Mindfulness-based Therapy

Mindfulness-based approaches to therapy lead with mindfulness, promoting the practice as an important part of good mental health. Mindfulness is the psychological process of bringing one's attention to the internal and external experiences occurring in the present moment, which can be developed through the practice of meditation and other training. Simply put, mindfulness encourages and teaches us to fully live in the present moment. Through the practice of mindfulness we can learn to be present with our thoughts, emotions, relationships, and problems – and the more present we are, the more workable they become. It’s not about “positive thinking,” – it’s about not taking negative thoughts so seriously. Think this approach might be right for you? Reach out to one of TherapyDen’s mindfulness-based therapy experts today.

Need help finding the right therapist?
Find Your Match

Meet the specialists


I have been meditating for over 20 years now. Meditation changed my life. My entire education from day one of my undergraduate studies, including a 3 months stay in a Buddhist monastery, has been focused on understanding how meditation is used to heal. Mindfulness, is just part of this ancient contemplative practice that has been developed for thousands of years. I use mindfulness and self-compassion as a basis for learning how to get our needs met, whatever they may be.

— Sabrina Basquez, Licensed Clinical Social Worker in Greensboro, NC

Somewhere in the midst of therapy, everyone has a deeper voice that wants calm, compassion and gentle acceptance. By using guided meditation, music, instruments and/or soothing words of encouragement, I love to delve into this practice to allow my clients to leave session in a more peaceful and still engaged state of being. Within this realm, they can grasp their essential truth take-away and in essence "heal themselves".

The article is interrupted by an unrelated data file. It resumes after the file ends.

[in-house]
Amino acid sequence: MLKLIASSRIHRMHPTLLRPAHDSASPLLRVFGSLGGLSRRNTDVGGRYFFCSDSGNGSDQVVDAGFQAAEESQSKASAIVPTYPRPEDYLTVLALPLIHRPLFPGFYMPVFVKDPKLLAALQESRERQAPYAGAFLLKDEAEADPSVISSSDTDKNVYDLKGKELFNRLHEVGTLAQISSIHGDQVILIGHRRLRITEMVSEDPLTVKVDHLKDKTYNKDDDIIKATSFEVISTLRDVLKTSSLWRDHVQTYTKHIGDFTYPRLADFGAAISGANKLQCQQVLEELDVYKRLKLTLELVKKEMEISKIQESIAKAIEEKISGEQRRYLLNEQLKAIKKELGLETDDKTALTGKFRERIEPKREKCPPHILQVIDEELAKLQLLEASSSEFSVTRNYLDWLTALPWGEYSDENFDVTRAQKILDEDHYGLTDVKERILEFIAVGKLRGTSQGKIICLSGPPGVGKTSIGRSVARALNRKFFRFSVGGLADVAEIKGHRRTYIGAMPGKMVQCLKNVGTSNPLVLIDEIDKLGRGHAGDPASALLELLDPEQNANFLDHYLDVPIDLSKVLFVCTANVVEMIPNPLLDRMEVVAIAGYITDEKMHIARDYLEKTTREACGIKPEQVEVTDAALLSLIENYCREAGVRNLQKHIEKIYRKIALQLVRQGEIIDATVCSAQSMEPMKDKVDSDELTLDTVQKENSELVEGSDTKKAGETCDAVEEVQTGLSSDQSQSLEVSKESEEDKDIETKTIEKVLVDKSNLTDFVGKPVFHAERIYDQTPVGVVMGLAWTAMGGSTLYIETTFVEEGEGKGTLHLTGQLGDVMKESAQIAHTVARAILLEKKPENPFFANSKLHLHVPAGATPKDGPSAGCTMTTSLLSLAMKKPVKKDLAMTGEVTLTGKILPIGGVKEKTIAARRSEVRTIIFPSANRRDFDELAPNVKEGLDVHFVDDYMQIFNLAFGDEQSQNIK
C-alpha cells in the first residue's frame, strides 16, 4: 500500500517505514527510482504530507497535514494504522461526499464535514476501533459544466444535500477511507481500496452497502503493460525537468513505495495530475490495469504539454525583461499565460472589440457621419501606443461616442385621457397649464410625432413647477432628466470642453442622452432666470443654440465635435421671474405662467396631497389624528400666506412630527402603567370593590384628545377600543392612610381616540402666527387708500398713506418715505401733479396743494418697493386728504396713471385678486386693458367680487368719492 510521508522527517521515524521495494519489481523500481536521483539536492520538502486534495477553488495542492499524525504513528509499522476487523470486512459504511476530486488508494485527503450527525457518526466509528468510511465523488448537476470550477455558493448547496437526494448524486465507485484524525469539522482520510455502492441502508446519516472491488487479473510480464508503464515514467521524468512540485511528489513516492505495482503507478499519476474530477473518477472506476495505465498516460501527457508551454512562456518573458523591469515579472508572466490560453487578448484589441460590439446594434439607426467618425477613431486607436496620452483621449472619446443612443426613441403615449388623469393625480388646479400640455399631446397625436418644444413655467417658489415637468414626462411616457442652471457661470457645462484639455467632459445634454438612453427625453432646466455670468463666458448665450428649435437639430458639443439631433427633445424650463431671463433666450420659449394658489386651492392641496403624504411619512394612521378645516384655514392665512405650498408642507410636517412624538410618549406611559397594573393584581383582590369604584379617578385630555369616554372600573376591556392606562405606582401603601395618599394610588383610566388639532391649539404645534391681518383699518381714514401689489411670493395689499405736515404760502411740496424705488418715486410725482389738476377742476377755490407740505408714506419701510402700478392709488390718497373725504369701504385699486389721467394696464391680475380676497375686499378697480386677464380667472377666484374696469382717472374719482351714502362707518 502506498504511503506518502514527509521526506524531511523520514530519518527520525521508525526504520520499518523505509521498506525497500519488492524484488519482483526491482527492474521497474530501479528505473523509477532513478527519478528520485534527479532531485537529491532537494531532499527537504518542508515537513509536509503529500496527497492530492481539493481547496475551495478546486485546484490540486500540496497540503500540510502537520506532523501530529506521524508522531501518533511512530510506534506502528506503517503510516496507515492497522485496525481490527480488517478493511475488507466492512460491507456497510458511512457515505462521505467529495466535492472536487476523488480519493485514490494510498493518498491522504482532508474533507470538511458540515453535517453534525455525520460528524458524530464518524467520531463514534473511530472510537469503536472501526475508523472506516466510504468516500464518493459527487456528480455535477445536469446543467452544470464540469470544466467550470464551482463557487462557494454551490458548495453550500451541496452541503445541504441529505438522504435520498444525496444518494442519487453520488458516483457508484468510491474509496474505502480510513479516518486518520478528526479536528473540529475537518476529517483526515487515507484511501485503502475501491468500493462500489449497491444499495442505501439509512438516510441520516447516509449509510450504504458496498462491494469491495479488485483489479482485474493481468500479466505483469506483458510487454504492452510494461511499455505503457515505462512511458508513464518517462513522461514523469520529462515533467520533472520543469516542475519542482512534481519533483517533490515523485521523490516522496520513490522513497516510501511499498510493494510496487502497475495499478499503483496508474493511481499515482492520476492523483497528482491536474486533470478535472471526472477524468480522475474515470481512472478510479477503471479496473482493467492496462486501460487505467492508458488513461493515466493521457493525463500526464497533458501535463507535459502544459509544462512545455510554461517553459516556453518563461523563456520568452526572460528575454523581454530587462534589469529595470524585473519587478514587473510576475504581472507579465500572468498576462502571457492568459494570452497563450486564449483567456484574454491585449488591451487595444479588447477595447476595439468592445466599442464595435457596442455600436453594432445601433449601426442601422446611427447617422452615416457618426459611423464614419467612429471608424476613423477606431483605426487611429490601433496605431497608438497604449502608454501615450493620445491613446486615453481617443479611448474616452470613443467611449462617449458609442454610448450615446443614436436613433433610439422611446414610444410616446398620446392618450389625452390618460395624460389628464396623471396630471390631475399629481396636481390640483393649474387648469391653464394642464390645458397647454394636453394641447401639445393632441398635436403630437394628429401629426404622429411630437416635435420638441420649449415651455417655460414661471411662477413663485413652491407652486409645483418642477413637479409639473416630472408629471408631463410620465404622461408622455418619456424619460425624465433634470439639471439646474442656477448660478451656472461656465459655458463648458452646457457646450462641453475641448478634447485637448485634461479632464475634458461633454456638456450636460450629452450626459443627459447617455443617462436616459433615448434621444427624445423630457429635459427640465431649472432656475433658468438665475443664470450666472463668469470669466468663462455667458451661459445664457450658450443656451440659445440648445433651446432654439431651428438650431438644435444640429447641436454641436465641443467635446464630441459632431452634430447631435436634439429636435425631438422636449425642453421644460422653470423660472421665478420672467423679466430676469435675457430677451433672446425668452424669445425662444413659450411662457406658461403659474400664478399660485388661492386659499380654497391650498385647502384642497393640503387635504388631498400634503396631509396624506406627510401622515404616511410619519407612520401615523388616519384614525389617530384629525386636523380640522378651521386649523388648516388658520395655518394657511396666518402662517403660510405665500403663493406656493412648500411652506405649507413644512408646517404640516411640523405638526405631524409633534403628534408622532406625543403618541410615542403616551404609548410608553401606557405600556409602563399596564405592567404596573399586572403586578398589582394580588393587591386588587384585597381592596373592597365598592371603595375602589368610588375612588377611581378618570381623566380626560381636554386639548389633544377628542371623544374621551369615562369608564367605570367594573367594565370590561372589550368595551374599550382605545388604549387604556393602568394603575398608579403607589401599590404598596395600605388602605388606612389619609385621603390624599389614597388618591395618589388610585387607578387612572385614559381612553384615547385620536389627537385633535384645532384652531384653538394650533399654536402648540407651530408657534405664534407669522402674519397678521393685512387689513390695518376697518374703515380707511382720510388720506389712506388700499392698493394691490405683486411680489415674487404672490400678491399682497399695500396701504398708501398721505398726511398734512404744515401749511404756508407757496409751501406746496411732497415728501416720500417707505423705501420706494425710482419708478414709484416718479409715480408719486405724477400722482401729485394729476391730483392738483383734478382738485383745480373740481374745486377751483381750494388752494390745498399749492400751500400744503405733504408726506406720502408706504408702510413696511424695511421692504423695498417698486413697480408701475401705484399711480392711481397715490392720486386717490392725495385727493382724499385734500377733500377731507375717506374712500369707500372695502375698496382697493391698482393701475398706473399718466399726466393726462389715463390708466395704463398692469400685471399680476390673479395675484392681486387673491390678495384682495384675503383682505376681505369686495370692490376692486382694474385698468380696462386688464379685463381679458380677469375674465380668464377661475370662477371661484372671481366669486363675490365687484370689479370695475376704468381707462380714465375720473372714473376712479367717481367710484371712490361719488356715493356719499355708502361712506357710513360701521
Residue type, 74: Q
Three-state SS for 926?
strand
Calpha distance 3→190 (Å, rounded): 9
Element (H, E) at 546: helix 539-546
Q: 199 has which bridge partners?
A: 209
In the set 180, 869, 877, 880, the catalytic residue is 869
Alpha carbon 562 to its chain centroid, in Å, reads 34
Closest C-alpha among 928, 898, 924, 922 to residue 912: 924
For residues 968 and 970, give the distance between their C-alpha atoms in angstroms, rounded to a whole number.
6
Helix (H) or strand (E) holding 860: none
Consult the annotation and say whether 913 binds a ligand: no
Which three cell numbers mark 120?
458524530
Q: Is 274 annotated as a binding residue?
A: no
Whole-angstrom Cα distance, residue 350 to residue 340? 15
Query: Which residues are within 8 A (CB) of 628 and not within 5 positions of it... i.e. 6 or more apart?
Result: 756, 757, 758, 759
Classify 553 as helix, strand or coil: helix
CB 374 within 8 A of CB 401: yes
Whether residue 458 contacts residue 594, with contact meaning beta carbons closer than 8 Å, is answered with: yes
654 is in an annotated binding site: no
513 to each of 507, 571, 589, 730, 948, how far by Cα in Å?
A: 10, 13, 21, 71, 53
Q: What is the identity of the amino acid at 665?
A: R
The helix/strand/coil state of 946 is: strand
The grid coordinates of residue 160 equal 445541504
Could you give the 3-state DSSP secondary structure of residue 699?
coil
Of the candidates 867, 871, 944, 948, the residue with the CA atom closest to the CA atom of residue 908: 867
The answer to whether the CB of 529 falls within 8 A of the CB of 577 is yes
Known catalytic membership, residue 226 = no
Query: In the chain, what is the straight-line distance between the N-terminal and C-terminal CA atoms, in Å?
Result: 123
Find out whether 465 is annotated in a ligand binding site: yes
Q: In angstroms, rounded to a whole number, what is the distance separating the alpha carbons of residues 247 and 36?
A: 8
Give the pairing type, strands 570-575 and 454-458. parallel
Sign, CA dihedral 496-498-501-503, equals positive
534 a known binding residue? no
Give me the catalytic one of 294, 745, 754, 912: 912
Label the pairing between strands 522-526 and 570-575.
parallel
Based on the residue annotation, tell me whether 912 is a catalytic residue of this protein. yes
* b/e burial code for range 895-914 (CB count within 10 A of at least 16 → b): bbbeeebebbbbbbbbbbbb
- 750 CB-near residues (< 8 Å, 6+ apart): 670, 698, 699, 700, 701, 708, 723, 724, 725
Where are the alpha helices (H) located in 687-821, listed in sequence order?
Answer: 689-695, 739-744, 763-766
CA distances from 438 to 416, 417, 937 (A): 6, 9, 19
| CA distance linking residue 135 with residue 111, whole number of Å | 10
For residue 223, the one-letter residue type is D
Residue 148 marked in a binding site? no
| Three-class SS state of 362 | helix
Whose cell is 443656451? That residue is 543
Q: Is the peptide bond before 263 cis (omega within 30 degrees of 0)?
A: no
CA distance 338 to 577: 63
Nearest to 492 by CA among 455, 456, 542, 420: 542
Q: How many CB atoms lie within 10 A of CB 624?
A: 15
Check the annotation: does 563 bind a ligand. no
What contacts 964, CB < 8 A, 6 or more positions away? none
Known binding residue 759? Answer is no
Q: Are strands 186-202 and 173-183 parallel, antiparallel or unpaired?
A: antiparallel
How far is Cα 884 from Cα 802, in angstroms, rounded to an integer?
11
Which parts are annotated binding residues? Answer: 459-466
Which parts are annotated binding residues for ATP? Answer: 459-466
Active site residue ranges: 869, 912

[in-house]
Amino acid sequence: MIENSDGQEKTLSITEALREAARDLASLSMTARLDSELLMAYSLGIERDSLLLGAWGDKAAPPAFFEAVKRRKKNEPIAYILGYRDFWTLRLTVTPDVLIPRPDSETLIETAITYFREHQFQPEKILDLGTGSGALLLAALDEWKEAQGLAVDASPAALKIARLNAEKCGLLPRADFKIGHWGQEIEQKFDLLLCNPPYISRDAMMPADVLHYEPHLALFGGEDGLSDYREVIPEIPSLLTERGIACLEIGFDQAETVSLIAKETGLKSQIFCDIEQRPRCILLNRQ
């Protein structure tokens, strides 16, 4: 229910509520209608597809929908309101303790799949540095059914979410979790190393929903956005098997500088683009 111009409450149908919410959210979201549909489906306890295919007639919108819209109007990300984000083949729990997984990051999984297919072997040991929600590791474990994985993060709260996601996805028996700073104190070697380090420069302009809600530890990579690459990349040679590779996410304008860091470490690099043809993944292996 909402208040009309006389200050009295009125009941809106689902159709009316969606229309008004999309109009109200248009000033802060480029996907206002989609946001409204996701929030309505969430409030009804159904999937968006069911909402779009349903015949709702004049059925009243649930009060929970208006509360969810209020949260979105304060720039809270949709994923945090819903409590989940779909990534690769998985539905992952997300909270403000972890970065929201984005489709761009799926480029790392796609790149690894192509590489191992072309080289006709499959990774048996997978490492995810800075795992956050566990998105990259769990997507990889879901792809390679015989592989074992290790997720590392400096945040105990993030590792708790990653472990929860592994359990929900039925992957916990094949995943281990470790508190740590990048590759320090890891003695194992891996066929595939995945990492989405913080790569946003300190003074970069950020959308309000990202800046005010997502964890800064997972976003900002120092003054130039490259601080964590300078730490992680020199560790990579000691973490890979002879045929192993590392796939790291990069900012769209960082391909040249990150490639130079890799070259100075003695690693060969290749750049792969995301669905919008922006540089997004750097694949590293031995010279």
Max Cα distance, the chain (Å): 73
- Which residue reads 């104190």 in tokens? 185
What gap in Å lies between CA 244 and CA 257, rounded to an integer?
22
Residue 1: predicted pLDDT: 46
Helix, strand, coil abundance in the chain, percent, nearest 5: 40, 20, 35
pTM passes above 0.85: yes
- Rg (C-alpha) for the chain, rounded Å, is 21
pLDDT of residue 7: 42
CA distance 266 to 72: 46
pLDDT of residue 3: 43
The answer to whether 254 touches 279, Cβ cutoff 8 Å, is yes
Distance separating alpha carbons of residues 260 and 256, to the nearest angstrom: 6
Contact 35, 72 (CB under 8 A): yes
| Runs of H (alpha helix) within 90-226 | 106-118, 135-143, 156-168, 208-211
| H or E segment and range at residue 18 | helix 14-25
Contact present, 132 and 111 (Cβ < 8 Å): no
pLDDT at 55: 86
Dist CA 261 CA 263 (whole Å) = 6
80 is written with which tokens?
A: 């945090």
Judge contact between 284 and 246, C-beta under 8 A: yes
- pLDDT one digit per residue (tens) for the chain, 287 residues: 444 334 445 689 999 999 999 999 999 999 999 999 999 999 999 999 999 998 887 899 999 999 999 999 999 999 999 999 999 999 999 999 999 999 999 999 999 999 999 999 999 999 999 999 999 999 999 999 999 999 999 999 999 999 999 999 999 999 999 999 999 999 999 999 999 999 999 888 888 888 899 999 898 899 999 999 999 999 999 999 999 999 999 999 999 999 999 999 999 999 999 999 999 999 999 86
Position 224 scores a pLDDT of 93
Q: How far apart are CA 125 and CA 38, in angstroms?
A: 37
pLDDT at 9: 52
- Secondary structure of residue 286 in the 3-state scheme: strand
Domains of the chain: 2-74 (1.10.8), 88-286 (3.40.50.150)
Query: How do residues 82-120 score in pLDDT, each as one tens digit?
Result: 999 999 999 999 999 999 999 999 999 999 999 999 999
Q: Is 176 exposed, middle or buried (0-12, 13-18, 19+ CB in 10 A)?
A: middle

— Laurie Richardson, Marriage & Family Therapist in Sacramento, CA

Mindfulness-based therapy is integral to healing from traumas and other presenting issues. It allows us to slow down and bring awareness to the present. When done with a therapist, this provides the opportunity to address difficult subject and emotions that may come up in a safe way. Additionally, training to be more mindful allows us to be more present in our daily lives and self-regulate ourselves.

— Jordan Nodelman, Licensed Clinical Social Worker in Wilton Manors, FL

Mindfulness-based therapy is a technique that uses focus, grounding, and present-moment awareness to calm anxiety, increase concentration, and allow you to develop skills to manage distress, anxiety, boredom, irritability, and other irritating emotions. Mindfulness doesn't just mean meditation. I use several techniques to help find the mindfulness skills that work best for you.